China’s state-run Global Times on Thursday relayed a mocking “warm welcome” from Chinese social media users to former U.S. President Donald Trump, inviting him to join China’s heavily-censored Weibo microblogging platform now that he has filed a lawsuit against Facebook and Twitter.
Trump filed a class-action lawsuit against Facebook, Twitter, Google, and their respective CEOs over their censorship practices on Wednesday. Trump and his colitigants, the America First Policy Institute, invited Americans who have been deplatformed by big tech to join the case.
The Global Times observed that Trump is enormously popular on Weibo. Trump-related topics trended on Weibo over twice as often as any other public figure in 2020, and he is the only foreigner to appear on Weibo’s annual list of the most popular people – a list usually dominated by Chinese entertainers.
A Shanghai newspaper studied Internet search data in January 2021 and found Trump’s name was the most searched-for term in Chinese social media. The news of Trump’s lawsuit against Big Tech quickly racked up 40 million views on Weibo.
“Trending individuals on Weibo came only in three categories: epidemiologists, celebrities and Donald Trump,” the paper said, a humorous allusion to the three people who became trending topics most frequently last year: Trump, actor Wang Yibo, and Dr. Zhong Nanshan, the doctor who discovered the first SARS coronavirus in 2003.
Weibo ran a survey on Thursday and found 78 percent of the respondents hoped Trump would open a Weibo account. Comments posted to the survey pleaded with Trump to join the platform and make it his “new playground.”
“Please come! We will have so much fun!” said one commenter.
“Seriously, he should definitely consider joining Weibo in light of this much attention he receives from Weibo users. Nobody will steal his thunder,” suggested another.
The Global Times quoted a few of the unflattering nicknames Weibo users have for Trump, including Chuan Jianguo (“Trump Builds China”) and Dong Wang (a derogatory term for a man who claims to be a king and “knows everything”).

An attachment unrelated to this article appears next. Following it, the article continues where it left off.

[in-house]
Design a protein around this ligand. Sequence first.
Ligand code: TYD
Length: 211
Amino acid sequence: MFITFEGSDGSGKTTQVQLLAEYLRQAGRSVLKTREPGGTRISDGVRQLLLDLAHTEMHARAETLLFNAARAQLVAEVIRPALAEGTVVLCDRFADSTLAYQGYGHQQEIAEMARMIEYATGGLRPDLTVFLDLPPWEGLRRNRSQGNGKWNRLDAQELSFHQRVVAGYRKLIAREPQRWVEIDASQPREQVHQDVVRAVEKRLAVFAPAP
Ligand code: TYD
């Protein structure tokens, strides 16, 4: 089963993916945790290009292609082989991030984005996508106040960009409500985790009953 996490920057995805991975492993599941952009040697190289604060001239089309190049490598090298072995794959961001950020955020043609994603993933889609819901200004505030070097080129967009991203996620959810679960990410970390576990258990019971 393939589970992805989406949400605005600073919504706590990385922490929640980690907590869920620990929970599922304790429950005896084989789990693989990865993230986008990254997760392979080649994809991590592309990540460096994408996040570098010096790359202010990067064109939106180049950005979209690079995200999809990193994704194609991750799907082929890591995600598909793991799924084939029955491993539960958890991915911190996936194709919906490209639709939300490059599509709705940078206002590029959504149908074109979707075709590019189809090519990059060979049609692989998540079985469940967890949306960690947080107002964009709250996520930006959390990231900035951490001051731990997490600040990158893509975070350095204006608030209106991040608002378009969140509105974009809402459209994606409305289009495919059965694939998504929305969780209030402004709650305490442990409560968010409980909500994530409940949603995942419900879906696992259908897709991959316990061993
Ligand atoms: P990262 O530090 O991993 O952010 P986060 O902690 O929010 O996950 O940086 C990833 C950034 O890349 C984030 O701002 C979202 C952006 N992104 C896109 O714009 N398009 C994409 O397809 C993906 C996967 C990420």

CNS News impishly noted that Weibo actually has more users than Twitter, which was Trump’s favorite communications platform before he was permanently banned from it, and that a few foreign politicians have dabbled in Weibo over the years, including British Prime Minister Boris Johnson and Indian Prime Minister Narendra Modi, who closed his account last year after Weibo and many other Chinese apps were banned by the Indian government.
Weibo, like all other communications platforms available to China’s captive citizens, is heavily censored by the Chinese Communist Party (CCP). Posts that displease or embarrass the Party are quickly hunted down and deleted. Algorithms relentlessly search Weibo posts for disfavored keywords and images, such as the infamous CCP jihad against Winnie the Pooh, whose image is often used to mock rotund dictator Xi Jinping.
Weibo’s software has been modified on orders from the Communist Party, ironically on the pretext that the platform was “interfering” with electronic communications and “disseminating illegal information,” when in fact its users were discussing topics the Communists did not want them to talk about.
Weibo is not shy about censoring and forcibly editing posts from foreign officials and embassies. Its censorship algorithms are so obnoxious that Chinese users have developed secret codes for getting past the filters and expressing forbidden ideas. Like other Chinese Internet services (and an unsettling number of services from free nations), Weibo also does a good deal of spying on its users, and their personal data has been breached and leaked online.